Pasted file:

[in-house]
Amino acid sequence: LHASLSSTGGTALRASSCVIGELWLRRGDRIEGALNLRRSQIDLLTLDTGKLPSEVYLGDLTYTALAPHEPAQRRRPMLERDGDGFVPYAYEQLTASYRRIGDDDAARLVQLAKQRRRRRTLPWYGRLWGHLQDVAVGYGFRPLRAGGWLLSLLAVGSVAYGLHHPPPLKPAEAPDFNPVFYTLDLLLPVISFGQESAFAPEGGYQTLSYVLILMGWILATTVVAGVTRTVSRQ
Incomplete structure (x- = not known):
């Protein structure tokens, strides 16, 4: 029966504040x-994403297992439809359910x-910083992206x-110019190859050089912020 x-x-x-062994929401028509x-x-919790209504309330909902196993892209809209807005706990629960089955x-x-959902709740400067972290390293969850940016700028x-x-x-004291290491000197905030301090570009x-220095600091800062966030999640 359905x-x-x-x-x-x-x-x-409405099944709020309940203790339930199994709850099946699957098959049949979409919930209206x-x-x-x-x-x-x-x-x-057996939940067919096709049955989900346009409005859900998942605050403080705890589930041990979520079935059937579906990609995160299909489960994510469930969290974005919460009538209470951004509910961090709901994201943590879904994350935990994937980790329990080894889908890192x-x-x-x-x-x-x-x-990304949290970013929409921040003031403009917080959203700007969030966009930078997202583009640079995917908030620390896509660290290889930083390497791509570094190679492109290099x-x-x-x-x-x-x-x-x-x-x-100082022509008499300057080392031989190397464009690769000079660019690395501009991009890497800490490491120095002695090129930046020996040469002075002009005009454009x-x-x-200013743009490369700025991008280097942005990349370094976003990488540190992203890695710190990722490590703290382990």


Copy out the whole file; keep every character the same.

[in-house]
Amino acid sequence: LHASLSSTGGTALRASSCVIGELWLRRGDRIEGALNLRRSQIDLLTLDTGKLPSEVYLGDLTYTALAPHEPAQRRRPMLERDGDGFVPYAYEQLTASYRRIGDDDAARLVQLAKQRRRRRTLPWYGRLWGHLQDVAVGYGFRPLRAGGWLLSLLAVGSVAYGLHHPPPLKPAEAPDFNPVFYTLDLLLPVISFGQESAFAPEGGYQTLSYVLILMGWILATTVVAGVTRTVSRQ
Incomplete structure (x- = not known):
């Protein structure tokens, strides 16, 4: 029966504040x-994403297992439809359910x-910083992206x-110019190859050089912020 x-x-x-062994929401028509x-x-919790209504309330909902196993892209809209807005706990629960089955x-x-959902709740400067972290390293969850940016700028x-x-x-004291290491000197905030301090570009x-220095600091800062966030999640 359905x-x-x-x-x-x-x-x-409405099944709020309940203790339930199994709850099946699957098959049949979409919930209206x-x-x-x-x-x-x-x-x-057996939940067919096709049955989900346009409005859900998942605050403080705890589930041990979520079935059937579906990609995160299909489960994510469930969290974005919460009538209470951004509910961090709901994201943590879904994350935990994937980790329990080894889908890192x-x-x-x-x-x-x-x-990304949290970013929409921040003031403009917080959203700007969030966009930078997202583009640079995917908030620390896509660290290889930083390497791509570094190679492109290099x-x-x-x-x-x-x-x-x-x-x-100082022509008499300057080392031989190397464009690769000079660019690395501009991009890497800490490491120095002695090129930046020996040469002075002009005009454009x-x-x-200013743009490369700025991008280097942005990349370094976003990488540190992203890695710190990722490590703290382990």